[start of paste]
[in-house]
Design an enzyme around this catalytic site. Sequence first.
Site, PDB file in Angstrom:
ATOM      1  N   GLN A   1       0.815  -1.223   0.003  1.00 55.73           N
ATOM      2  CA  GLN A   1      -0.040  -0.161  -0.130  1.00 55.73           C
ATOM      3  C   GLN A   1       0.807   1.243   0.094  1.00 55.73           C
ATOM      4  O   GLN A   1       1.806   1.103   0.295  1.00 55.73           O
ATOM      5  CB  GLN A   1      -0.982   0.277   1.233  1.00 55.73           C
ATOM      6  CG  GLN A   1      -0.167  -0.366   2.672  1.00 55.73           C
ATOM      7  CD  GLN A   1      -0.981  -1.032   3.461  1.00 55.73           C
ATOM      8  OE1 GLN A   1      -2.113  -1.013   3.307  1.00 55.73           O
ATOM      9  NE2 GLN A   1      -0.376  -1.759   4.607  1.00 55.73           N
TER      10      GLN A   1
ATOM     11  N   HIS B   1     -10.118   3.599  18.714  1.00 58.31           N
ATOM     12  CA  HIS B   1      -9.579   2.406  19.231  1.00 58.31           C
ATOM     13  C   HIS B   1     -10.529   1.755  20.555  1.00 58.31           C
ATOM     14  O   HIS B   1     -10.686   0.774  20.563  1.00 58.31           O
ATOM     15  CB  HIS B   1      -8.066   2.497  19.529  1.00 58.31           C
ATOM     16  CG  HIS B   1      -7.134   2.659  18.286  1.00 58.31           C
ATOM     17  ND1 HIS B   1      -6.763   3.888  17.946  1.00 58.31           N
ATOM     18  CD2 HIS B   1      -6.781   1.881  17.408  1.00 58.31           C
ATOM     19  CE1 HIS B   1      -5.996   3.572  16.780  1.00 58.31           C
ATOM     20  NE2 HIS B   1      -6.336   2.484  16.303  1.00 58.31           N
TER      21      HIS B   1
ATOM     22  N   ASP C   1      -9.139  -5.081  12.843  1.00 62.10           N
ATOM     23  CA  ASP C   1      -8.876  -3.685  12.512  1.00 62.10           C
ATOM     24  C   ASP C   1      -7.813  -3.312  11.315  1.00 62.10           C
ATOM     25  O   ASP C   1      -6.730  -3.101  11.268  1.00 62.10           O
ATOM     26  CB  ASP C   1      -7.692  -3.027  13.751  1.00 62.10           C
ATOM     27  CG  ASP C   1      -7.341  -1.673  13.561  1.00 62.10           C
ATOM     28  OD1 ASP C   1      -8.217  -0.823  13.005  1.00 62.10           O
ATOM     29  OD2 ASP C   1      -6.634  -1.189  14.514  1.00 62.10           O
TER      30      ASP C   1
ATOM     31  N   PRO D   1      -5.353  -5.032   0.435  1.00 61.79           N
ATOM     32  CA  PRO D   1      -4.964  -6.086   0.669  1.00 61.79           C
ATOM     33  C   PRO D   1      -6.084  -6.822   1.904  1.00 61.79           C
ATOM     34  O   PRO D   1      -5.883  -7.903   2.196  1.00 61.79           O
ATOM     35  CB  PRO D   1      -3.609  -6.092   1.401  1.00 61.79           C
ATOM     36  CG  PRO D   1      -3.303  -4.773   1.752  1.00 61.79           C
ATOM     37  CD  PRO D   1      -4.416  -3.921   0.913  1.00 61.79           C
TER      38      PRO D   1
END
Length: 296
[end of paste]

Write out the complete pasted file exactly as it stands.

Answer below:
[in-house]
Design an enzyme around this catalytic site. Sequence first.
Site, PDB file in Angstrom:
ATOM      1  N   GLN A   1       0.815  -1.223   0.003  1.00 55.73           N
ATOM      2  CA  GLN A   1      -0.040  -0.161  -0.130  1.00 55.73           C
ATOM      3  C   GLN A   1       0.807   1.243   0.094  1.00 55.73           C
ATOM      4  O   GLN A   1       1.806   1.103   0.295  1.00 55.73           O
ATOM      5  CB  GLN A   1      -0.982   0.277   1.233  1.00 55.73           C
ATOM      6  CG  GLN A   1      -0.167  -0.366   2.672  1.00 55.73           C
ATOM      7  CD  GLN A   1      -0.981  -1.032   3.461  1.00 55.73           C
ATOM      8  OE1 GLN A   1      -2.113  -1.013   3.307  1.00 55.73           O
ATOM      9  NE2 GLN A   1      -0.376  -1.759   4.607  1.00 55.73           N
TER      10      GLN A   1
ATOM     11  N   HIS B   1     -10.118   3.599  18.714  1.00 58.31           N
ATOM     12  CA  HIS B   1      -9.579   2.406  19.231  1.00 58.31           C
ATOM     13  C   HIS B   1     -10.529   1.755  20.555  1.00 58.31           C
ATOM     14  O   HIS B   1     -10.686   0.774  20.563  1.00 58.31           O
ATOM     15  CB  HIS B   1      -8.066   2.497  19.529  1.00 58.31           C
ATOM     16  CG  HIS B   1      -7.134   2.659  18.286  1.00 58.31           C
ATOM     17  ND1 HIS B   1      -6.763   3.888  17.946  1.00 58.31           N
ATOM     18  CD2 HIS B   1      -6.781   1.881  17.408  1.00 58.31           C
ATOM     19  CE1 HIS B   1      -5.996   3.572  16.780  1.00 58.31           C
ATOM     20  NE2 HIS B   1      -6.336   2.484  16.303  1.00 58.31           N
TER      21      HIS B   1
ATOM     22  N   ASP C   1      -9.139  -5.081  12.843  1.00 62.10           N
ATOM     23  CA  ASP C   1      -8.876  -3.685  12.512  1.00 62.10           C
ATOM     24  C   ASP C   1      -7.813  -3.312  11.315  1.00 62.10           C
ATOM     25  O   ASP C   1      -6.730  -3.101  11.268  1.00 62.10           O
ATOM     26  CB  ASP C   1      -7.692  -3.027  13.751  1.00 62.10           C
ATOM     27  CG  ASP C   1      -7.341  -1.673  13.561  1.00 62.10           C
ATOM     28  OD1 ASP C   1      -8.217  -0.823  13.005  1.00 62.10           O
ATOM     29  OD2 ASP C   1      -6.634  -1.189  14.514  1.00 62.10           O
TER      30      ASP C   1
ATOM     31  N   PRO D   1      -5.353  -5.032   0.435  1.00 61.79           N
ATOM     32  CA  PRO D   1      -4.964  -6.086   0.669  1.00 61.79           C
ATOM     33  C   PRO D   1      -6.084  -6.822   1.904  1.00 61.79           C
ATOM     34  O   PRO D   1      -5.883  -7.903   2.196  1.00 61.79           O
ATOM     35  CB  PRO D   1      -3.609  -6.092   1.401  1.00 61.79           C
ATOM     36  CG  PRO D   1      -3.303  -4.773   1.752  1.00 61.79           C
ATOM     37  CD  PRO D   1      -4.416  -3.921   0.913  1.00 61.79           C
TER      38      PRO D   1
END
Length: 296